Your profound awareness of this can change the world one phrase at a time! 

The new Time’s Up Movement is growing out of the sexual assault scandal involving Harvey Weinstein and “addresses the systemic inequality and injustice in the workplace that have kept underrepresented groups from reaching their full potential.” Celebrities have embraced the movement and stand in solidarity with all women who have been abused in the workplace.

At the heart of the movement is Rose McGowan who recently came forward with her accusations of her 1997 sexual assault by Weinstein.  Jill Messick served as McGowan’s manager. On February 7, 2018, Jill Messick died by suicide.

An email was issued by Weinstein’s lawyer, without Messick’s permission, in which it appears she defended Weinstein’s crimes against McGowan, as well as McGowan’s claim that Messick, as her manager, did little to help following the 1997 sexual assault. Messick’s family denies the allegations and feel being thrust into the public eye by the media incited her to take her life.

Messick’s family issued a detailed statement to The Hollywood Reporter claiming “the movement (Time’s Up) has lost one of it’s own.”

Jill was victimized by our new culture of unlimited information sharing and a willingness to accept statement as fact. The speed of disseminating information has carried mistruths about Jill as a person, which she was unable and unwilling to challenge. She became collateral damage in an already horrific story.

The family’s statement ends with the following:

Words have power. While we illuminate the dark corners for hidden truths, we must remember that what we say, particularly in the media, can have just as much impact if not more than our actions. We must ask more of ourselves, and of each other. We must take a moment to consider the ramifications and consequences of what we say and what we do.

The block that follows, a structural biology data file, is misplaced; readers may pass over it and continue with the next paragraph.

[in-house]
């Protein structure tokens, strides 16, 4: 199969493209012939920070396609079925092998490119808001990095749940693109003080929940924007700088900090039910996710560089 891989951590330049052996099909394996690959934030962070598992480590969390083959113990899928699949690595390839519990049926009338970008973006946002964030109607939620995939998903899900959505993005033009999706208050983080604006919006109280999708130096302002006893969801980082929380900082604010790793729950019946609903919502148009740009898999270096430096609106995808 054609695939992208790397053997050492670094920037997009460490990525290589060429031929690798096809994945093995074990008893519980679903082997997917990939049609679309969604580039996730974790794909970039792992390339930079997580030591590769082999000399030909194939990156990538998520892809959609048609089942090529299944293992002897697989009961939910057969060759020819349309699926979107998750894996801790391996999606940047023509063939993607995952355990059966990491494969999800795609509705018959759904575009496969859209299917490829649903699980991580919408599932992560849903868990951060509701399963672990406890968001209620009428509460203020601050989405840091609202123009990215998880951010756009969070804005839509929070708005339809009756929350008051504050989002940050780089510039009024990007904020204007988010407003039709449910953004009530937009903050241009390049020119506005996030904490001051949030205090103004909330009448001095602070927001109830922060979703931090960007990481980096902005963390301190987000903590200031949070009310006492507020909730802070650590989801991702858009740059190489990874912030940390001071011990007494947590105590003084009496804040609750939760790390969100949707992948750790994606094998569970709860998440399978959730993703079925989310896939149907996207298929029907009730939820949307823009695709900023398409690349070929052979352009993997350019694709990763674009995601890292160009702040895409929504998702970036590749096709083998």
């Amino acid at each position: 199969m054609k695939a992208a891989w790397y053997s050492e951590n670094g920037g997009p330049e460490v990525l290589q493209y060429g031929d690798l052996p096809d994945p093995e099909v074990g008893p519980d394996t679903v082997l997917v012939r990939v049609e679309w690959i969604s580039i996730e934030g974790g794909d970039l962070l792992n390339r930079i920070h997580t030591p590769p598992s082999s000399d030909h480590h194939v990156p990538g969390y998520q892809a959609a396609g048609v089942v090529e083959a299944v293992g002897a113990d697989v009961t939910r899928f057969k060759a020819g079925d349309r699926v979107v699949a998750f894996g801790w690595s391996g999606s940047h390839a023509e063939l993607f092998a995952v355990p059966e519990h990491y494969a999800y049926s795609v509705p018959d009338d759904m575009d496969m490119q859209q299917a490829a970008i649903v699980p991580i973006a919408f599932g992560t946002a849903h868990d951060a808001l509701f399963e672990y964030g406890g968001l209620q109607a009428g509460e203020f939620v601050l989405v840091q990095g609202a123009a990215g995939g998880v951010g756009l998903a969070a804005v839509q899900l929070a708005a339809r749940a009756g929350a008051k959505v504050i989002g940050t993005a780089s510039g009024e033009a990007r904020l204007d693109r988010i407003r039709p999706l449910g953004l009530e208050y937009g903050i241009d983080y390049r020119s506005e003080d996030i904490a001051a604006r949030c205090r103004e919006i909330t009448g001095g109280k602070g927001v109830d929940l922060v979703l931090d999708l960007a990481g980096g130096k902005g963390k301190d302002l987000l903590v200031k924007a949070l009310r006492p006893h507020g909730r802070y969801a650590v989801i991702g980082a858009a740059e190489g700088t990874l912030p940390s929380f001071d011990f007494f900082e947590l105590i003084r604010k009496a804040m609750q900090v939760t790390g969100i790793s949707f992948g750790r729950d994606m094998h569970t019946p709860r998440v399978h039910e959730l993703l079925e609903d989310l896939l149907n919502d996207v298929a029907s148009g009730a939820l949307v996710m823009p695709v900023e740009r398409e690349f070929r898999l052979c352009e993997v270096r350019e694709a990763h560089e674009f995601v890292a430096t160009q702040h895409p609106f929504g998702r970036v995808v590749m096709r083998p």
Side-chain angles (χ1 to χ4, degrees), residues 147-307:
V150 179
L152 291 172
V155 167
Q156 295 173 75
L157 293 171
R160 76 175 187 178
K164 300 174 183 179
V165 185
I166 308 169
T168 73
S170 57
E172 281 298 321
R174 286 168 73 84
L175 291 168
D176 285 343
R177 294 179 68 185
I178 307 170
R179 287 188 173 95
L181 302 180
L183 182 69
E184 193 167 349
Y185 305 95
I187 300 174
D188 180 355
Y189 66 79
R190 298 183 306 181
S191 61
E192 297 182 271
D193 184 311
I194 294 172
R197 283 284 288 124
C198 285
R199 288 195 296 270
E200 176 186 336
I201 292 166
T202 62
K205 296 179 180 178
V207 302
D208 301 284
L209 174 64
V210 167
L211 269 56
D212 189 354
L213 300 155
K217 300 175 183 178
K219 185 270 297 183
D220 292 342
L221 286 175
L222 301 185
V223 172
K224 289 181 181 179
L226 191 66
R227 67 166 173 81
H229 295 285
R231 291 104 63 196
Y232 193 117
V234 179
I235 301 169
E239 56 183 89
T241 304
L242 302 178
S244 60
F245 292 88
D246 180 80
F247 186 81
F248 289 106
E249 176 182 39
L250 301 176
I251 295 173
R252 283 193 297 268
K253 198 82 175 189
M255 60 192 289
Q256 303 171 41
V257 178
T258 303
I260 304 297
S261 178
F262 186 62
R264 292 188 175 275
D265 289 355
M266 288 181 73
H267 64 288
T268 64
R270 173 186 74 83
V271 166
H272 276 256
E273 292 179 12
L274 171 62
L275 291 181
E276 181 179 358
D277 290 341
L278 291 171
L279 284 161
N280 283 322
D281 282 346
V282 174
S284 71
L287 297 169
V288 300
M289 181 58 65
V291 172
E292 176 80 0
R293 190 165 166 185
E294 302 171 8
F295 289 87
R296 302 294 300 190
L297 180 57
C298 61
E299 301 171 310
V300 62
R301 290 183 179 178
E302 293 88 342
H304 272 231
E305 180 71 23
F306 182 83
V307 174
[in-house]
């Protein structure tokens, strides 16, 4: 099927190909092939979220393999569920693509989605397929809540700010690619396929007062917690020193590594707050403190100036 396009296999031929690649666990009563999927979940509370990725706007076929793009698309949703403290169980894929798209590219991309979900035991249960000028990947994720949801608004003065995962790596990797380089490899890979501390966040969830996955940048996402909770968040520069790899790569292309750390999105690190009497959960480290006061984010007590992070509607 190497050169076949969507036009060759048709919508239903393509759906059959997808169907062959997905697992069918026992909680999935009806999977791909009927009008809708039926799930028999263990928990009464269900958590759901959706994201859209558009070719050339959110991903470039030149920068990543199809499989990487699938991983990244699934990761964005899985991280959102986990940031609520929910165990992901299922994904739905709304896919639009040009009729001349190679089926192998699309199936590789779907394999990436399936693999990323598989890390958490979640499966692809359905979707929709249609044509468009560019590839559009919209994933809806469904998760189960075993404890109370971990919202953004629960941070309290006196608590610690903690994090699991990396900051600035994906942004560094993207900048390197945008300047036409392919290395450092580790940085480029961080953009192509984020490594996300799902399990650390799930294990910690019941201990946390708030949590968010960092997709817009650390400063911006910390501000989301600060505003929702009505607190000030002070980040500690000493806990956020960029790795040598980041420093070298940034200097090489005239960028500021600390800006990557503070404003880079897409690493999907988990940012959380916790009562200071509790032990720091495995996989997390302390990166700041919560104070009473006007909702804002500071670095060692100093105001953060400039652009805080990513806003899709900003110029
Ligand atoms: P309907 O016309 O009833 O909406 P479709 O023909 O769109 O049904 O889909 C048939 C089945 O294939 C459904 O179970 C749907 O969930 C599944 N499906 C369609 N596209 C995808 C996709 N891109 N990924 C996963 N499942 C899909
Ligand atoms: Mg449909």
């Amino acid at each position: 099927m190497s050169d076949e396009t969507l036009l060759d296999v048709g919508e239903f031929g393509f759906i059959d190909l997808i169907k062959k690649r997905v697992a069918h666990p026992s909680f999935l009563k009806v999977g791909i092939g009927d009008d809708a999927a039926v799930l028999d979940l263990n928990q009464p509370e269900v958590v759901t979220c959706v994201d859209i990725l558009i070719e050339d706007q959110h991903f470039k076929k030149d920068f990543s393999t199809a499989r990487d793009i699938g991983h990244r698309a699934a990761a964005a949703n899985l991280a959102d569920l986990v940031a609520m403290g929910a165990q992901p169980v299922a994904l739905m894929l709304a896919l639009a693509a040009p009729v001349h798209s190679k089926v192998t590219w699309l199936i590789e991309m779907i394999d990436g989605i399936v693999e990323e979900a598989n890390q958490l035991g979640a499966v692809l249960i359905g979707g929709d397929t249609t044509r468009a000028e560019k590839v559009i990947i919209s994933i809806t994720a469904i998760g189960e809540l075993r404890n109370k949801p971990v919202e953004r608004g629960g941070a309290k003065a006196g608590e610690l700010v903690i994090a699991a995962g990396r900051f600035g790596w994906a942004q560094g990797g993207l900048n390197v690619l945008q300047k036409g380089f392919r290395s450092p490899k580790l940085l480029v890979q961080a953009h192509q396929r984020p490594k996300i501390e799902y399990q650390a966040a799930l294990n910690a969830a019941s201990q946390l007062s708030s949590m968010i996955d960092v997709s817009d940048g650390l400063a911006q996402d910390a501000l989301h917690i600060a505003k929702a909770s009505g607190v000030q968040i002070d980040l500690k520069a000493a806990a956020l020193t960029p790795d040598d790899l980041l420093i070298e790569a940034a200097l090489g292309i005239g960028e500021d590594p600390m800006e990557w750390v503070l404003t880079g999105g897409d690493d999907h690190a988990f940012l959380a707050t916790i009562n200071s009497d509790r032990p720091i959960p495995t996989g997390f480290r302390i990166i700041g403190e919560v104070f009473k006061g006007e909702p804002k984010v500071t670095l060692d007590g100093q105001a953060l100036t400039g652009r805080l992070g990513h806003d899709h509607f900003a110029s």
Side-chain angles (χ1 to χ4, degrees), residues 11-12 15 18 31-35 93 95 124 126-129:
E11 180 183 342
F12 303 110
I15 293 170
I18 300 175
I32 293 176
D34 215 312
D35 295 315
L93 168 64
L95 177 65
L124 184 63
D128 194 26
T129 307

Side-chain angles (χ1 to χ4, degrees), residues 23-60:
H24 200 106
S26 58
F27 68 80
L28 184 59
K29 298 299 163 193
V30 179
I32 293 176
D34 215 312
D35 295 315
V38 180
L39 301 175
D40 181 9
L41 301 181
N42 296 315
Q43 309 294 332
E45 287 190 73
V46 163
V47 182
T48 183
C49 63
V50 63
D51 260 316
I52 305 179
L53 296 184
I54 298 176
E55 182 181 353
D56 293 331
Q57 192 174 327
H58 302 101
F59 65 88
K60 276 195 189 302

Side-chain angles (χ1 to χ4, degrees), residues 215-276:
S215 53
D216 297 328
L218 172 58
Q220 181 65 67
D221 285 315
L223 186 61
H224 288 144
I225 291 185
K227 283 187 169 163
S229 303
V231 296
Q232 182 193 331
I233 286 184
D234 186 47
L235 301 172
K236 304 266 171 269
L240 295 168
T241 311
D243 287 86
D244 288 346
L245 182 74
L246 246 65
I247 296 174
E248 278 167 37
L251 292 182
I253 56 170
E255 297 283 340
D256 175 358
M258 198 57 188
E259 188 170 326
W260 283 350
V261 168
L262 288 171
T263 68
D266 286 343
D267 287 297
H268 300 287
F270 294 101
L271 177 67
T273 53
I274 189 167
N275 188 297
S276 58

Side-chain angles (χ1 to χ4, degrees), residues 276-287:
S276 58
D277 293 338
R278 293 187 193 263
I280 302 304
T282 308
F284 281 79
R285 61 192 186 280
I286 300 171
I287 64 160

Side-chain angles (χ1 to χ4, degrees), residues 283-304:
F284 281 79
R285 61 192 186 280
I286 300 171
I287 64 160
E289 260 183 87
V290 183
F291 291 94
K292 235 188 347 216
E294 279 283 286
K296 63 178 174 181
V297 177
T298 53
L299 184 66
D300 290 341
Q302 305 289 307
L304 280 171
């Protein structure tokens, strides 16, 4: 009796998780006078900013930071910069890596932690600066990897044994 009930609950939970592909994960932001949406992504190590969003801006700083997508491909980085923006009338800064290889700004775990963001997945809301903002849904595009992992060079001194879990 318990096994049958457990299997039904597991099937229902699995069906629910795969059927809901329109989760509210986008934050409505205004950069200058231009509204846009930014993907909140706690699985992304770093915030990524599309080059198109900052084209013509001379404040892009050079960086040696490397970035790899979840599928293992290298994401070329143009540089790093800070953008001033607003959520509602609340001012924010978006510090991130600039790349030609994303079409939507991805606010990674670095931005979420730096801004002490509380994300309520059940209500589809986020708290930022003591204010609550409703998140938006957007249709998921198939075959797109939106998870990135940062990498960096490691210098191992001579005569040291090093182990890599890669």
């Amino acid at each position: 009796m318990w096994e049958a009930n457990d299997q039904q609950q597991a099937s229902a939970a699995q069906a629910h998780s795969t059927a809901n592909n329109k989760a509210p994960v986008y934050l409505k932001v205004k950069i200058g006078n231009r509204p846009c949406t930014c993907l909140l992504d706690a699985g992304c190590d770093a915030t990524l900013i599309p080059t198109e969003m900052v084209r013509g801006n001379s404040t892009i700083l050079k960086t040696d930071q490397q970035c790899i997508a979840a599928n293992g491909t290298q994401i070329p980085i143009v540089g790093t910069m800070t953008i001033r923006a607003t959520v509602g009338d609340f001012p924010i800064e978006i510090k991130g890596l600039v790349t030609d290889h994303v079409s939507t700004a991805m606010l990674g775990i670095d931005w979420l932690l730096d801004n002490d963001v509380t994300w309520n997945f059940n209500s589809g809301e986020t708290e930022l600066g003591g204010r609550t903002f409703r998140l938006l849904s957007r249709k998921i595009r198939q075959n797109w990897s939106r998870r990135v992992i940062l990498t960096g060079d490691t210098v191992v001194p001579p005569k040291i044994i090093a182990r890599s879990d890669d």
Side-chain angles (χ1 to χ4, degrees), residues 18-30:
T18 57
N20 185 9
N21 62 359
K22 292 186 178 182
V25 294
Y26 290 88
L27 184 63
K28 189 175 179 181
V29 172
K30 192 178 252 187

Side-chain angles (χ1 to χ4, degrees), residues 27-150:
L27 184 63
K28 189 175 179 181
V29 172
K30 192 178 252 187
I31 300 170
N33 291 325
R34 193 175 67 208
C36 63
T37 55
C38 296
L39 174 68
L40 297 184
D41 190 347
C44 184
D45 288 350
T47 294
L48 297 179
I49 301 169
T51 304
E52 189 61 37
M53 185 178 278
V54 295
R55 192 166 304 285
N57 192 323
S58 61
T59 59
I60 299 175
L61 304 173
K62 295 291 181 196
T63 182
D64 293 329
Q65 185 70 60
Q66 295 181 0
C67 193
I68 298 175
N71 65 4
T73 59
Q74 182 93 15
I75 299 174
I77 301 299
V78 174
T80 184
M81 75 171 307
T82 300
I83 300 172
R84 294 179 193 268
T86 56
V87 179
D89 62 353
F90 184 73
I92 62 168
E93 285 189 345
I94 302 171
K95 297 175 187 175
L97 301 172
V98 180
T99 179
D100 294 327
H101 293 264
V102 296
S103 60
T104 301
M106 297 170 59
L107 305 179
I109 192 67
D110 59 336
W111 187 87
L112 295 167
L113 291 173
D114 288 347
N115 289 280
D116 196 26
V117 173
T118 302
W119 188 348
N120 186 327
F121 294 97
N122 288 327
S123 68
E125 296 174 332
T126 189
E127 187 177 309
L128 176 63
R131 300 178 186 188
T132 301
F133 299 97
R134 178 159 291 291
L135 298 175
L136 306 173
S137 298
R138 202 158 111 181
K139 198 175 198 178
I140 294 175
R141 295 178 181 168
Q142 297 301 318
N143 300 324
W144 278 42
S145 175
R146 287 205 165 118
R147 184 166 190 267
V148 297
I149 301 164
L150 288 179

Words matter.

Someone’s life may depend on it.

Time's Up book coverIn fact, the original Time’s Up movement was created years ago by Susan Murphy Milano (1960-2012) who addressed the needs of victims of intimate partner violence and how to safely leave an abusive relationship. Her book with the same title, Time’s Up!, is the blueprint containing the revolutionary tool the Evidentiary Abuse Affidavit (EAA).

Susan knew that words could transform lives either positively or negatively through use of the media and her own tireless work with victims directly.  Words were her tools. If she were alive today, she would be shouting from the roof tops, TIME’S UP!

Funny how one word can transform a person’s reaction from radiance to rage in a matter of a few strategically placed phrases.  I make this point to stress the importance of understanding how language transmits an energetic force into the world.  

The example portrayed in the Jill Messick family statement demonstrates how powerful words, both written and spoken, create reactionary energy inside each one of us.  In a time when communication technology is super heightened; texting, instant messages, social networking and moreour natural filtering seems to be at an alltime low.  Which means, we say want we want, when we want and how we want without any consideration of the energetic transformation that piggybacks right along to the receiver at the other end. Eventually, this pulls us energetically further and further apart from  feelings of empathy, responsibility and oneness from our neighbors, communities and eventually society. 


Jill Messick 1967-2018

More oftenall crimes of VIOLENCE start with vicious words towards each other.  This kind of word-full abuse slowly permeates into the soul of a human being from the inside out.  The result of this kind of word-filled energy attack leaves a person with feelings of selfworthlessness, powerlessness and pain, a true indicator of a slippery path to destruction of everyone directly involved. 

Jill Messick is considered “collateral damage” in a scandal which she is attached to forever and was victimized by words written and spoken about her in connection with a national media story.





Be accountable for what you say, and present, to your loved ones this week.  Motivate yourself to replace old words with more elevated vocabulary choices, such as replacing victim with victor, survivor with thriver….